4 What then shall we say that Abraham, our forefather, hath found according to the flesh? 2For if Abraham was justified by works, he hath whereof to glory; but not toward God. 3For what saith the scripture? And Abraham believed God, and it was reckoned unto him for righteousness. 4Now to him that worketh, the reward is not reckoned as of grace, but as of debt. 5But to him that worketh not, but believeth on him that justifieth the ungodly, his faith is reckoned for righteousness. 6Even as David also pronounceth blessing upon the man, unto whom God reckoneth righteousness apart from works, 7saying,
Blessed are they whose iniquities are forgiven,
And whose sins are covered.
8Blessed is the man to whom the Lord will not reckon sin. 9Is this blessing then pronounced upon the circumcision, or upon the uncircumcision also? for we say, To Abraham his faith was reckoned for righteousness. 10How then was it reckoned? when he was in circumcision, or in uncircumcision? Not in circumcision, but in uncircumcision: 11and he received the sign of circumcision, a seal of the righteousness of the faith which he had while he was in uncircumcision: that he might be the father of all them that believe, though they be in uncircumcision, that righteousness might be reckoned unto them; 12and the father of circumcision to them who not only are of the circumcision, but who also walk in the steps of that faith of our father Abraham which he had in uncircumcision. 13For not through the law was the promise to Abraham or to his seed that he should be heir of the world, but through the righteousness of faith. 14For if they that are of the law are heirs, faith is made void, and the promise is made of none effect: 15for the law worketh wrath; but where there is no law, neither is there transgression. 16For this cause it is of faith, that it may be according to grace; to the end that the promise may be sure to all the seed; not to that only which is of the law, but to that also which is of the faith of Abraham, who is the father of us all 17(as it is written, A father of many nations have I made thee) before him whom he believed, even God, who giveth life to the dead, and calleth the things that are not, as though they were. 18Who in hope believed against hope, to the end that he might become a father of many nations, according to that which had been spoken, So shall thy seed be. 19And without being weakened in faith he considered his own body now as good as dead (he being about a hundred years old), and the deadness of Sarah’s womb; 20yet, looking unto the promise of God, he wavered not through unbelief, but waxed strong through faith, giving glory to God, 21and being fully assured that what he had promised, he was able also to perform. 22Wherefore also it was reckoned unto him for righteousness. 23Now it was not written for his sake alone, that it was reckoned unto him; 24but for our sake also, unto whom it shall be reckoned, who believe on him that raised Jesus our Lord from the dead, 25who was delivered up for our trespasses, and was raised for our justification.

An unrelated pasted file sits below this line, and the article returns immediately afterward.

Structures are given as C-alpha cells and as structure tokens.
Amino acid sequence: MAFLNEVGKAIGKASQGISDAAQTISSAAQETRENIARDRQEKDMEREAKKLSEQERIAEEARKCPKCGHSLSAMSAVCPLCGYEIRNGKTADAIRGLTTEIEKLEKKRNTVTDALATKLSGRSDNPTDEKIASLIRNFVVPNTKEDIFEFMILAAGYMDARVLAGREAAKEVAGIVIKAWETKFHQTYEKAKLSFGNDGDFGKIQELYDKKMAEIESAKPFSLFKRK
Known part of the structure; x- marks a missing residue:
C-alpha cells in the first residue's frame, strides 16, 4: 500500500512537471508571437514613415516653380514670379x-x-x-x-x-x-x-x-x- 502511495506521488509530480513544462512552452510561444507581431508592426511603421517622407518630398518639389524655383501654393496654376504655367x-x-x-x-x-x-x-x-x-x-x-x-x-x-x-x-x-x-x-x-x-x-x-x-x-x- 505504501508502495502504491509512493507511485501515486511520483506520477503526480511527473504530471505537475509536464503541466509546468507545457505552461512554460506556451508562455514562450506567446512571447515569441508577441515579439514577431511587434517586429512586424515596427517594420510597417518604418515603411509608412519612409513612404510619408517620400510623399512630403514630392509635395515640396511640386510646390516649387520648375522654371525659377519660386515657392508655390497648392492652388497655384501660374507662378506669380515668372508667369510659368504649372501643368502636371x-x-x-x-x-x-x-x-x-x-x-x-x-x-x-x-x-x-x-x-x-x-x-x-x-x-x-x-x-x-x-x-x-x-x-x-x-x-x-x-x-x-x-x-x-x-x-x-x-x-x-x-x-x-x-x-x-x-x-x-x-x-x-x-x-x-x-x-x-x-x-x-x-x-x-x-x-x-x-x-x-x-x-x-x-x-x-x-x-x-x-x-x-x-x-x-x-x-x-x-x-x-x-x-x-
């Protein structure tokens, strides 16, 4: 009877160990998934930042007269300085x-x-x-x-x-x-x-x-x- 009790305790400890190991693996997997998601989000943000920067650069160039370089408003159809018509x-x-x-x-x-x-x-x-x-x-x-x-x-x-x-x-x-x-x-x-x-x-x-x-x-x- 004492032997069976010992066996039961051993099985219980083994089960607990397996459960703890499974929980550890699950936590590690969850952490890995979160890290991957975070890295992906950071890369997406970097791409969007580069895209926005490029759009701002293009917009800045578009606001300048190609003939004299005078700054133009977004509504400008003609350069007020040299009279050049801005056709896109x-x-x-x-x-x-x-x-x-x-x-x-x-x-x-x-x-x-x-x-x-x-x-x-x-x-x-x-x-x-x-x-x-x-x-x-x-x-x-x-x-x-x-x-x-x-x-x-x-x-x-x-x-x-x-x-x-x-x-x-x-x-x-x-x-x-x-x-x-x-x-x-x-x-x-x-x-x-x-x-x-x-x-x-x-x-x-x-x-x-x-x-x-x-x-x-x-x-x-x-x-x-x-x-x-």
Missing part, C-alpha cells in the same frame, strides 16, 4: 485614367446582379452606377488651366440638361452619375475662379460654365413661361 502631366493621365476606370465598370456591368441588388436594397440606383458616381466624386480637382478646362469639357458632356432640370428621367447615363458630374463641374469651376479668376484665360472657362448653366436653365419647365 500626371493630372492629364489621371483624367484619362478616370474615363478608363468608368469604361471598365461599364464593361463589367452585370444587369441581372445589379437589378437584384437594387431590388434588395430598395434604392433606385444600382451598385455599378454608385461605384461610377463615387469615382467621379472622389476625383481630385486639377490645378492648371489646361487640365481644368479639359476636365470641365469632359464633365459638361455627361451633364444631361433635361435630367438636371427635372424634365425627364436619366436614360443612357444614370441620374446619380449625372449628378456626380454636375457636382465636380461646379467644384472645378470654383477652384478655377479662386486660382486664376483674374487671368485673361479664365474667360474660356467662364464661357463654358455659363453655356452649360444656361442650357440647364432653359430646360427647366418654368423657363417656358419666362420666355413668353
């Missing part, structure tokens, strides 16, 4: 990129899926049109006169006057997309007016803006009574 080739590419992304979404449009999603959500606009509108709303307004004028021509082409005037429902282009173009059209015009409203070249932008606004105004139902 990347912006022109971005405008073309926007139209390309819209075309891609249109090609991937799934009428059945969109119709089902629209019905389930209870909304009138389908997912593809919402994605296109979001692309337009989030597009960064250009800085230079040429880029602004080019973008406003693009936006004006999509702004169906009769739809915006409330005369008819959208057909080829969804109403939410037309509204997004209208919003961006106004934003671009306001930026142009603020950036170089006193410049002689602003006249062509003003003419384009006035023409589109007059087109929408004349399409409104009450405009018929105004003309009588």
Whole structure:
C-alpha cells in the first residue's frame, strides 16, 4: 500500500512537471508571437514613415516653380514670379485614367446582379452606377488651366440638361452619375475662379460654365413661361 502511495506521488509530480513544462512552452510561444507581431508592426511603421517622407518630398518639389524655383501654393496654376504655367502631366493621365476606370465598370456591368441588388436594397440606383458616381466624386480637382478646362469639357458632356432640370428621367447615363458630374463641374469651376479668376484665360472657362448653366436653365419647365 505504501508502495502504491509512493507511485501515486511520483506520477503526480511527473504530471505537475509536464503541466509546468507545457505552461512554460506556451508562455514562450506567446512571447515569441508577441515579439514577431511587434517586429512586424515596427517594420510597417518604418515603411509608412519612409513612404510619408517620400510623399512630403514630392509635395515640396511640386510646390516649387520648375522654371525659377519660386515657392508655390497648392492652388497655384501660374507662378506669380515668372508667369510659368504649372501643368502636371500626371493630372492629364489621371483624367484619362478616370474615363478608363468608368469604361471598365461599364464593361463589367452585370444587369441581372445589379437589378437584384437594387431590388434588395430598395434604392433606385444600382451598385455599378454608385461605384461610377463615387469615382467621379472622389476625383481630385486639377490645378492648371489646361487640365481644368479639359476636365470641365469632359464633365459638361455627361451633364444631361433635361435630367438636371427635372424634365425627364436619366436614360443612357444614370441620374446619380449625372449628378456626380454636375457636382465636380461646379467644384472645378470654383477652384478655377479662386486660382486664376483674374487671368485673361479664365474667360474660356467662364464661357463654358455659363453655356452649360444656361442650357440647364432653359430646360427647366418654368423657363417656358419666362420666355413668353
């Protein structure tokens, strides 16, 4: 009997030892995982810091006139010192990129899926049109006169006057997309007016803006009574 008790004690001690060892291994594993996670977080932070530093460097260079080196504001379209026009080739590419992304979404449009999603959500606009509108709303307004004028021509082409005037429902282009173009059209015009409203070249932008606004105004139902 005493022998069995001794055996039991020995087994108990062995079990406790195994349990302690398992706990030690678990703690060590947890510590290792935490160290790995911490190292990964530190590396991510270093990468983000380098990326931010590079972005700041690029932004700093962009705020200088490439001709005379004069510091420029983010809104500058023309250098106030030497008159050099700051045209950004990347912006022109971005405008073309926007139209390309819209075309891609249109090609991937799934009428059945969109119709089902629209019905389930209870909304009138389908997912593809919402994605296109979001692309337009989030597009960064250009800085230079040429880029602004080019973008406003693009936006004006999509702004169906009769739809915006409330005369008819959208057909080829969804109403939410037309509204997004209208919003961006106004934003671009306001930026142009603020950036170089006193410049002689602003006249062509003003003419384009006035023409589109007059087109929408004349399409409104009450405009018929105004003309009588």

About American Standard Version
The ASV has long been regarded by many scholars as the most literal English translation since the King James Version—maybe the most literal translation ever. This has made the translation very popular for careful English Bible study, but not for ease of reading. While the KJV was translated entirely from “western manuscripts,” the ASV 1901 was influenced also by the older “eastern manuscripts” that form the basis for most of our modern English translations. Because the ASV 1901 is very difficult to find in print, Logos is pleased to be able to preserve and distribute this significant work. This is an excellent choice for comparative English study.